counter tops where food or drinks are kept.

33
Broken Glass and Sharps
WORK PRACTICE CONTROLS
  • Never pick up broken glass or metal sharps with
    your hands - even if you are wearing gloves. Use
    pliers, tongs, or a broom and dustpan to dispose
    of the sharp item.

34
Clean Up
WORK PRACTICE CONTROLS
  • Use absorbent materials on any blood or body
    fluids. This will prevent them from being
    splashed and splattered.

35
Housekeeping and Decontamination
  • Clean all equipment and work areas as soon as
    possible with agency approved product.
  • (see Infection Control Manual for description)

36
Disinfectants
  • 1 part bleach to 10 parts water
  • ¼ cup to 1 gallon water
  • Always rinse with clear water afterwards to limit
    corrosion

37
Disposal of Bio-hazardous Material
  • All contaminated gowns, gloves and materials used
    in cleaning and disinfecting are to be placed in
    a biohazard bag or box.

38
Signs Labels
  • Signs and labels communicate hazards to
    employees.
  • Warning labels must be affixed to containers of
    regulated waste, refrigerators , freezers, or any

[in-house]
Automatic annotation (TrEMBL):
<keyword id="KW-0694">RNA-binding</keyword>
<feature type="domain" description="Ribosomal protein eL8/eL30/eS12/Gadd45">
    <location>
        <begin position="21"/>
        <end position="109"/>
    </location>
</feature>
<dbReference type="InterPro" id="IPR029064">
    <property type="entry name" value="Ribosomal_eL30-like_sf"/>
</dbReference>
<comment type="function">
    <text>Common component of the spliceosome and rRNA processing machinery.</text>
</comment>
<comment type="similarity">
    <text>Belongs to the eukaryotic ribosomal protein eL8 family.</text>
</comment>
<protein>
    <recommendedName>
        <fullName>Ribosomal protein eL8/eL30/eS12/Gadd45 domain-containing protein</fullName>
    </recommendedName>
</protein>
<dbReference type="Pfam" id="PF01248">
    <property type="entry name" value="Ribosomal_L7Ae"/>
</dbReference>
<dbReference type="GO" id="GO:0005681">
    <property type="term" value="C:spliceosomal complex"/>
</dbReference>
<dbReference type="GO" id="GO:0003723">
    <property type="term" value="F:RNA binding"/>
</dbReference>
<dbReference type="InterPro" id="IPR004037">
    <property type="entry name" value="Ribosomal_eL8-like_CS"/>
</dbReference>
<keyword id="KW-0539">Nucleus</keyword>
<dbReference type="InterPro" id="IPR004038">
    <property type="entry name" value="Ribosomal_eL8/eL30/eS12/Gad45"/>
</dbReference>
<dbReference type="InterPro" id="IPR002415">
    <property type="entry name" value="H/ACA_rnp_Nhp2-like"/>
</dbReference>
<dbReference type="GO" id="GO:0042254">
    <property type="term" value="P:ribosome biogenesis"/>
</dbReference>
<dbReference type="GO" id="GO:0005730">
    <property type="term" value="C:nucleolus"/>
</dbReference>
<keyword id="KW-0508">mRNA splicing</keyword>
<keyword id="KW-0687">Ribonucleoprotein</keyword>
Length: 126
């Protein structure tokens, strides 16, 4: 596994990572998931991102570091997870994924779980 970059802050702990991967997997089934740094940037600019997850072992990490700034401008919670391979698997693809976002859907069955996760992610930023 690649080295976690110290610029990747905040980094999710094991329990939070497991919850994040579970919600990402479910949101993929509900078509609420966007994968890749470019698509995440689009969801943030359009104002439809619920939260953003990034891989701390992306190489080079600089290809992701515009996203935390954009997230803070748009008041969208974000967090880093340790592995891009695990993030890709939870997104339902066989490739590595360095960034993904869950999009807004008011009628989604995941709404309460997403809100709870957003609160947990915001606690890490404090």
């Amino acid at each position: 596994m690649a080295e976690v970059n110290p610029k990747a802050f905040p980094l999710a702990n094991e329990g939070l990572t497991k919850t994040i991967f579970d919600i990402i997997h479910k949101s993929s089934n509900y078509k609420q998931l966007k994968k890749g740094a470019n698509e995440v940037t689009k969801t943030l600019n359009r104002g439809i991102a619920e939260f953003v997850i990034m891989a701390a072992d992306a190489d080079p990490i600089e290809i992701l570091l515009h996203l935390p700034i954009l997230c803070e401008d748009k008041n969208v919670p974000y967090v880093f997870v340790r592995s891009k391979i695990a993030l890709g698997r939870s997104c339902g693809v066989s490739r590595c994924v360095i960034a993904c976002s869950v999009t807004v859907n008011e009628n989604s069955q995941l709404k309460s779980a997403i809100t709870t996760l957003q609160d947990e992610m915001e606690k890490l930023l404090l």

container that is used to store, transport, or
    ship blood or other potentially infectious
    materials.

39
Color Coding
  • The labels must display the universal biohazard
    symbol.
  • The term biohazard must appear in a color that
    contrasts with the fluorescent orange or
    orange-red background.

40
Exposure Incidents
  • Even with a comprehensive infection control plan
    in place, human error or unexpected circumstances
    can result in an occupational exposure to
    potentially infectious body fluids.
  • Exposures are classified as occupational when
    they are received by the employee while
    performing the duties of their job

41
Examples of Incidents
  • A percutaneous injury involving a potentially
    contaminated sharp instrument.
  • A splash of blood or other potentially infectious
    material to the eyes, mouth, or mucous membranes.
  • Blood or other potentially infectious materials
    contacting broken skin.

42
Recordkeeping
  • The Bloodborne Pathogen Standard requires that
    employers maintain medical records on all
    employees who have received an occupational
    exposure.
  • The record must include the name, SSN, hep B
    vaccination status (dates included), medical
    testing, follow up, the healthcare providers
    written opinion, and a copy of the information
    provided to the healthcare professional.

43
Records
  • BBP training records must include the
    following and be maintained for 3 years.
  • Dates of training.
  • A summary or the contents of the training.
  • Names qualifications of all persons attending
    the training.
  • Names job titles of all persons attending the
    training.

44
Protect Yourself
  • Take advantage of Hepatitis B vaccination
    programs.
  • ALWAYS utilize Standard Precautions.
  • Immediately report exposures to your
    administrator or supervisor.
  • Complete an incident report following exposures.
  • Refer to the Infection Control Manual for
    exposure management.

45
Thank You !!